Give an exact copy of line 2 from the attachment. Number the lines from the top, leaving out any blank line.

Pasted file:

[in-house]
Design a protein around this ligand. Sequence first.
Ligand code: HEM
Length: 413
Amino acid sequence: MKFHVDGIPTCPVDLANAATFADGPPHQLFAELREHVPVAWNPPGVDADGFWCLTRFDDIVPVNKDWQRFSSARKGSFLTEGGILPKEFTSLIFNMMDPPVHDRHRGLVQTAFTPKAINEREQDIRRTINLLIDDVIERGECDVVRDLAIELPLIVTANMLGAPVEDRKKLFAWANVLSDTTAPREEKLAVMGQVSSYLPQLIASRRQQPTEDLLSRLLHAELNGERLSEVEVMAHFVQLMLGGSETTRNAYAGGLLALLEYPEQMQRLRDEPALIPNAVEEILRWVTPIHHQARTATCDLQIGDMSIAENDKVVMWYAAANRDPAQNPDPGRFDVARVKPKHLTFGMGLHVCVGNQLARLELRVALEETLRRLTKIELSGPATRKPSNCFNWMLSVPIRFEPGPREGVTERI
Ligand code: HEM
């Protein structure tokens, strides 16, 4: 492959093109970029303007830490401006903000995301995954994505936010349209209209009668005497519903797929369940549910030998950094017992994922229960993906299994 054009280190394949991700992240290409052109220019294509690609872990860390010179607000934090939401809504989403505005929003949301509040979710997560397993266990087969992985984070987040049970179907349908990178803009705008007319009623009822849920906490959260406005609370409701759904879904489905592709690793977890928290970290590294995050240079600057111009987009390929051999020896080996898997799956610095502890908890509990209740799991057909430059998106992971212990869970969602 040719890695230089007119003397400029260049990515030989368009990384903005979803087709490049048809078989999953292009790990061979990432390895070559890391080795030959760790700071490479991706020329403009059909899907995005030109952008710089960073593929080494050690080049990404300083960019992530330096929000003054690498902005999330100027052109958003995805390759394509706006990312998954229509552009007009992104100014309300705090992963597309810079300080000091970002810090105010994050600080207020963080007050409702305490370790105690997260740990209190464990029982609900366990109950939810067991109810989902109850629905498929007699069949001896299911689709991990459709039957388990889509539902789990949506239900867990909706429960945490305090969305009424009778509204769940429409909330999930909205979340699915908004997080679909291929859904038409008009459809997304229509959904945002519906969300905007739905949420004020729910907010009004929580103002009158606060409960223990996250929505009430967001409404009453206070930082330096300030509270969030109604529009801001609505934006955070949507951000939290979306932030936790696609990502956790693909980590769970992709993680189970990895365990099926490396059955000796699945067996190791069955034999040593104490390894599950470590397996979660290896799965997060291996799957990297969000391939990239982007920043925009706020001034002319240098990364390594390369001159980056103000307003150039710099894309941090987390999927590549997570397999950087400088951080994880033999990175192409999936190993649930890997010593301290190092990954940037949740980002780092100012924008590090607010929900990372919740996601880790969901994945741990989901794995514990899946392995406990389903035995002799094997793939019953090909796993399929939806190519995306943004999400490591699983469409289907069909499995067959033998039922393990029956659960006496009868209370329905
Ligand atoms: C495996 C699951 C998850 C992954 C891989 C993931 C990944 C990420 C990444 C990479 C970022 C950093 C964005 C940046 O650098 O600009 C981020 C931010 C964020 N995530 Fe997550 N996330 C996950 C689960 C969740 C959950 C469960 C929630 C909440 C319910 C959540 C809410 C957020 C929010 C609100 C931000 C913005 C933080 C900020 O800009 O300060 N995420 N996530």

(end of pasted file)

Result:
Design a protein around this ligand. Sequence first.